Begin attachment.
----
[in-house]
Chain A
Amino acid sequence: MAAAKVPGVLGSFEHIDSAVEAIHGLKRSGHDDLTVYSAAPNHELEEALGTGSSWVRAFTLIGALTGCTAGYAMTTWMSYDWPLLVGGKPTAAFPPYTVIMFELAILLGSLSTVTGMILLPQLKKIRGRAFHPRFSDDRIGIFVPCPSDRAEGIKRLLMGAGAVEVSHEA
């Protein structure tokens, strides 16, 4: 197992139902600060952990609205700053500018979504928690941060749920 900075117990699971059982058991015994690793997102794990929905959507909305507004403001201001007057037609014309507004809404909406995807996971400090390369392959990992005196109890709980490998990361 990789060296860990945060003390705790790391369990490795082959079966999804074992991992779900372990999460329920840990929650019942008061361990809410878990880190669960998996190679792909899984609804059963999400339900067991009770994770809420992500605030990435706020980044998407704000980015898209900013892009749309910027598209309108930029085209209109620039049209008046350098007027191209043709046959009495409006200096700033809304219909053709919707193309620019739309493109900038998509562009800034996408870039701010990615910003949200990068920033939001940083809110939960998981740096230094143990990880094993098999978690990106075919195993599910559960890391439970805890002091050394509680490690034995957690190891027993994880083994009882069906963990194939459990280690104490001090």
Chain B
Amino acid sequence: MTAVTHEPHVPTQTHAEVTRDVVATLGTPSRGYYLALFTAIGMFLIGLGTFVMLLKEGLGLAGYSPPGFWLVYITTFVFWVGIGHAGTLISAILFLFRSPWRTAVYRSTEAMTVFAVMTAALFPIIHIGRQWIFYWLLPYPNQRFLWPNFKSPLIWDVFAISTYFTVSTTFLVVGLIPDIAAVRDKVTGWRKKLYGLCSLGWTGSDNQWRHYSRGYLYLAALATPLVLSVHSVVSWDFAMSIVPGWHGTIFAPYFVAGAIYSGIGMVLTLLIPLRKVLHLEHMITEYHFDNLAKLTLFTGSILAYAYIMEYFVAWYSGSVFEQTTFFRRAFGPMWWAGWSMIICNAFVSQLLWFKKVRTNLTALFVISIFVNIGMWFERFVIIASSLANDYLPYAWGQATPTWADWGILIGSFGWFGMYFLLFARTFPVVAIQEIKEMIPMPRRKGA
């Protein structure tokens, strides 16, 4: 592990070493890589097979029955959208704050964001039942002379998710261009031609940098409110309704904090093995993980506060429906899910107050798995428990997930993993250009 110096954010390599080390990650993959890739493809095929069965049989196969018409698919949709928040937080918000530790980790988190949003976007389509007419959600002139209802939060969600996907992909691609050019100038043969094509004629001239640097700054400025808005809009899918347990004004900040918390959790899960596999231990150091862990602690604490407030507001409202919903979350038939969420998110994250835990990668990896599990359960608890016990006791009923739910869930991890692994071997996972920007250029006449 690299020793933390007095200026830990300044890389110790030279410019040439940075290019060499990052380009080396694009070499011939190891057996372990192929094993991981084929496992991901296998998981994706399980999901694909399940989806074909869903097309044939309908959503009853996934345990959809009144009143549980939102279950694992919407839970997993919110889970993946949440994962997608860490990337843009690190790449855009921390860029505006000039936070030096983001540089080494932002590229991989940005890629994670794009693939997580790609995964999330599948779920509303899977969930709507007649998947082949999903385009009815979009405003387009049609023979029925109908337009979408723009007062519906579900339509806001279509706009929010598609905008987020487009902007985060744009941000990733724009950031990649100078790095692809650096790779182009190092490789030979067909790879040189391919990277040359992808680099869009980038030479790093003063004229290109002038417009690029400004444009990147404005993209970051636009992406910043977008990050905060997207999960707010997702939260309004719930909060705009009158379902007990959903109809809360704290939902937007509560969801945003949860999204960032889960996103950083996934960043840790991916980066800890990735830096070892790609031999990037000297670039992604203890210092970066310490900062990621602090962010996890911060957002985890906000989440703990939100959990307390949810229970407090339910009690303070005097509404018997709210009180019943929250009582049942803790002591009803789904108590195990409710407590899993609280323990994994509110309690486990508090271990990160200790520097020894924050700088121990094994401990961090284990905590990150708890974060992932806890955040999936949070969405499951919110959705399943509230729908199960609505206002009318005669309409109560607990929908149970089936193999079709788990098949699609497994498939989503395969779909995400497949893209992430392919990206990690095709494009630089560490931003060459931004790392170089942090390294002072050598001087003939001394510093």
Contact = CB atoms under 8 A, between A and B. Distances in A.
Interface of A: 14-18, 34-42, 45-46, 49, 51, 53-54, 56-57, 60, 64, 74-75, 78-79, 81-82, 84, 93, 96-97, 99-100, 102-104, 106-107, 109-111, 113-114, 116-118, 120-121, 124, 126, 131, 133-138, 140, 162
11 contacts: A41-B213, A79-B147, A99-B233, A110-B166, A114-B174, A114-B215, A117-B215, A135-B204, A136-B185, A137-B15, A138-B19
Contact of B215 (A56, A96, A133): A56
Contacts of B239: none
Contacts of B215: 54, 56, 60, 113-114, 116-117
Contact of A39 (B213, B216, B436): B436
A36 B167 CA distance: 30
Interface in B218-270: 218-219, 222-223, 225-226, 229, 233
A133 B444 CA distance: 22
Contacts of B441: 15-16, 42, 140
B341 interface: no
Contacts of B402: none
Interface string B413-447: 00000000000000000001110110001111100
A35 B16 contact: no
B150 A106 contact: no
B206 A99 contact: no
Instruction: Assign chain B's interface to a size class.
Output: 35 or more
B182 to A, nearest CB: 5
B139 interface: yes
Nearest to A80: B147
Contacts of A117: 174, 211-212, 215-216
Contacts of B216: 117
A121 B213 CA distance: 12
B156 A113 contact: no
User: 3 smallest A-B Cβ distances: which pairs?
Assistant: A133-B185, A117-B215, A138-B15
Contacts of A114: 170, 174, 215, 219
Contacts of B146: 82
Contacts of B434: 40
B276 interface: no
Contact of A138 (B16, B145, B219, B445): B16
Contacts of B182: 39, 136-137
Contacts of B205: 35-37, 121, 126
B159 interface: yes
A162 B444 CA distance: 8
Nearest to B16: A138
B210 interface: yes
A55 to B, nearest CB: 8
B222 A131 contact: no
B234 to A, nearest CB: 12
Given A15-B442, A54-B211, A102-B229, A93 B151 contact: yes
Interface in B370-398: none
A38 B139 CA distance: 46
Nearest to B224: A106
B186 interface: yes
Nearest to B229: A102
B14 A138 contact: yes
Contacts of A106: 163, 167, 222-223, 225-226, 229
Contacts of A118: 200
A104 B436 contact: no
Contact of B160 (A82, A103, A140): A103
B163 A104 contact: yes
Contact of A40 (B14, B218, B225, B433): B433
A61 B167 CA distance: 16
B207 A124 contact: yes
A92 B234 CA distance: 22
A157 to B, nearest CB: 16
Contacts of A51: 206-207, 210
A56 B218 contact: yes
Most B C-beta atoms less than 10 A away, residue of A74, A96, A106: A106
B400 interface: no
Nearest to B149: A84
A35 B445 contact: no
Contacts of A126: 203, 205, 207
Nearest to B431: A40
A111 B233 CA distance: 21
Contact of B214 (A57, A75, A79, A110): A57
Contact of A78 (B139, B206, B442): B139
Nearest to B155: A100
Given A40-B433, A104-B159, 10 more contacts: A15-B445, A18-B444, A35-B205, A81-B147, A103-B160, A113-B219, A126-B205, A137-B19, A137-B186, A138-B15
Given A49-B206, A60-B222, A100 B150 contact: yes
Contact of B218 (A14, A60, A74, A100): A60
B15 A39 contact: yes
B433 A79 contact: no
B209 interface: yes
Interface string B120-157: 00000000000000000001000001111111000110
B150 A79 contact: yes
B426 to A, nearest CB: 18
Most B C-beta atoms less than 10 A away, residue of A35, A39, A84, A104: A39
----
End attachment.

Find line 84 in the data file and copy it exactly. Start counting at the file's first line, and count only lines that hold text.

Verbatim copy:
B209 interface: yes